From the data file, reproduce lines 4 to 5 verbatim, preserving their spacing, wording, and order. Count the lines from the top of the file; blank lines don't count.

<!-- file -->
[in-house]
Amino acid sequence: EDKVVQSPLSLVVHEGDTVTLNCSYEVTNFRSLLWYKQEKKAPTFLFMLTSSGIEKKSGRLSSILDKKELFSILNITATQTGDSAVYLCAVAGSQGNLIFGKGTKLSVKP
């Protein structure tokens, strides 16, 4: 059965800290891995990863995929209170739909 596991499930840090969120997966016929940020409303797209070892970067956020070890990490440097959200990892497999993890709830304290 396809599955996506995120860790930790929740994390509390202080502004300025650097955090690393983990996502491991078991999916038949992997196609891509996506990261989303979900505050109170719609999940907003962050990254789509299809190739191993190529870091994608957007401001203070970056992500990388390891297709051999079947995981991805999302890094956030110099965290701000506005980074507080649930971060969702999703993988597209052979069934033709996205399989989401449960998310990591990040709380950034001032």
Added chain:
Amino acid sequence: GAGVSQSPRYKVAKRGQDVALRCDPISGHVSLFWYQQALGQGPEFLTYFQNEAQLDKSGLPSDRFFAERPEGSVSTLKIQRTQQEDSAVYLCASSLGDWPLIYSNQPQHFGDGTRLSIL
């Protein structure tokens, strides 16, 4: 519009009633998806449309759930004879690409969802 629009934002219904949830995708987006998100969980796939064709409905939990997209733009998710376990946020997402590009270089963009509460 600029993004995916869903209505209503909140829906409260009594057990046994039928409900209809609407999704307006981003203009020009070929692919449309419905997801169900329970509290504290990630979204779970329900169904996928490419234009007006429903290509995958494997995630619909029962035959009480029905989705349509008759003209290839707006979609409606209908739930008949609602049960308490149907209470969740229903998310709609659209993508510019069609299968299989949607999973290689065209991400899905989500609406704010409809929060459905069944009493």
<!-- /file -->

Added chain:
Amino acid sequence: GAGVSQSPRYKVAKRGQDVALRCDPISGHVSLFWYQQALGQGPEFLTYFQNEAQLDKSGLPSDRFFAERPEGSVSTLKIQRTQQEDSAVYLCASSLGDWPLIYSNQPQHFGDGTRLSIL